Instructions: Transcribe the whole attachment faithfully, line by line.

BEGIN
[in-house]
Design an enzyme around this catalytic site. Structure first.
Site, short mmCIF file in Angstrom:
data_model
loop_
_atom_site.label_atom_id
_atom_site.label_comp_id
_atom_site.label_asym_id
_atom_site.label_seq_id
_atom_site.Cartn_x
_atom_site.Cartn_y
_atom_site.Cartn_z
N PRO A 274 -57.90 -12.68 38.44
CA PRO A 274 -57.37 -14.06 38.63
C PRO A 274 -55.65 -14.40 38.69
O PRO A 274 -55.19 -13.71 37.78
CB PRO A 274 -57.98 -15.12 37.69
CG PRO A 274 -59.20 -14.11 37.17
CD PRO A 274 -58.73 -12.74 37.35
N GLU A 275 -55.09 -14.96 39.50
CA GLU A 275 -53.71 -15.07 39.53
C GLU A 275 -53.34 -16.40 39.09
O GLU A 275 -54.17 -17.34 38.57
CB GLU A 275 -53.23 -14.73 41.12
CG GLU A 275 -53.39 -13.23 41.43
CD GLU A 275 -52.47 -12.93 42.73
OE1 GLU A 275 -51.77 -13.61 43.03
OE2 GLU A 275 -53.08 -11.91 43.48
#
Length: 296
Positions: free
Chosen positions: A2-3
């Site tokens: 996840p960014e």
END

[in-house]
Design an enzyme around this catalytic site. Structure first.
Site, short mmCIF file in Angstrom:
data_model
loop_
_atom_site.label_atom_id
_atom_site.label_comp_id
_atom_site.label_asym_id
_atom_site.label_seq_id
_atom_site.Cartn_x
_atom_site.Cartn_y
_atom_site.Cartn_z
N PRO A 274 -57.90 -12.68 38.44
CA PRO A 274 -57.37 -14.06 38.63
C PRO A 274 -55.65 -14.40 38.69
O PRO A 274 -55.19 -13.71 37.78
CB PRO A 274 -57.98 -15.12 37.69
CG PRO A 274 -59.20 -14.11 37.17
CD PRO A 274 -58.73 -12.74 37.35
N GLU A 275 -55.09 -14.96 39.50
CA GLU A 275 -53.71 -15.07 39.53
C GLU A 275 -53.34 -16.40 39.09
O GLU A 275 -54.17 -17.34 38.57
CB GLU A 275 -53.23 -14.73 41.12
CG GLU A 275 -53.39 -13.23 41.43
CD GLU A 275 -52.47 -12.93 42.73
OE1 GLU A 275 -51.77 -13.61 43.03
OE2 GLU A 275 -53.08 -11.91 43.48
#
Length: 296
Positions: free
Chosen positions: A2-3
């Site tokens: 996840p960014e």